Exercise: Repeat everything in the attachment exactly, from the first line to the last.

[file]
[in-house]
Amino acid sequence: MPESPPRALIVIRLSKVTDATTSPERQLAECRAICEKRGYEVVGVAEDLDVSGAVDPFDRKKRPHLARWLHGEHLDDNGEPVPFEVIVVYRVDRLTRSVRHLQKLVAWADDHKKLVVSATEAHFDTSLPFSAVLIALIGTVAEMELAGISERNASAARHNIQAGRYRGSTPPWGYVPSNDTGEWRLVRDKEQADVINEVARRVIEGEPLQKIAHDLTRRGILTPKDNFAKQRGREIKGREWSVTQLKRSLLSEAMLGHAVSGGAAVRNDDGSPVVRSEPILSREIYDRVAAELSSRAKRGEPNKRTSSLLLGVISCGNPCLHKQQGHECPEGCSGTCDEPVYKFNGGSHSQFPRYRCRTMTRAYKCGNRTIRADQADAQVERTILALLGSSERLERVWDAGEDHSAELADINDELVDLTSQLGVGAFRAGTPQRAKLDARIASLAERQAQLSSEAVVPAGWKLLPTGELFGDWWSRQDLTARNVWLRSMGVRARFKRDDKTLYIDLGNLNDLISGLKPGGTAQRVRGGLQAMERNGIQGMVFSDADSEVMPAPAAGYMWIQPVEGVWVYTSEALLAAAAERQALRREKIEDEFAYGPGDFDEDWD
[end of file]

[in-house]
Amino acid sequence: MPESPPRALIVIRLSKVTDATTSPERQLAECRAICEKRGYEVVGVAEDLDVSGAVDPFDRKKRPHLARWLHGEHLDDNGEPVPFEVIVVYRVDRLTRSVRHLQKLVAWADDHKKLVVSATEAHFDTSLPFSAVLIALIGTVAEMELAGISERNASAARHNIQAGRYRGSTPPWGYVPSNDTGEWRLVRDKEQADVINEVARRVIEGEPLQKIAHDLTRRGILTPKDNFAKQRGREIKGREWSVTQLKRSLLSEAMLGHAVSGGAAVRNDDGSPVVRSEPILSREIYDRVAAELSSRAKRGEPNKRTSSLLLGVISCGNPCLHKQQGHECPEGCSGTCDEPVYKFNGGSHSQFPRYRCRTMTRAYKCGNRTIRADQADAQVERTILALLGSSERLERVWDAGEDHSAELADINDELVDLTSQLGVGAFRAGTPQRAKLDARIASLAERQAQLSSEAVVPAGWKLLPTGELFGDWWSRQDLTARNVWLRSMGVRARFKRDDKTLYIDLGNLNDLISGLKPGGTAQRVRGGLQAMERNGIQGMVFSDADSEVMPAPAAGYMWIQPVEGVWVYTSEALLAAAAERQALRREKIEDEFAYGPGDFDEDWD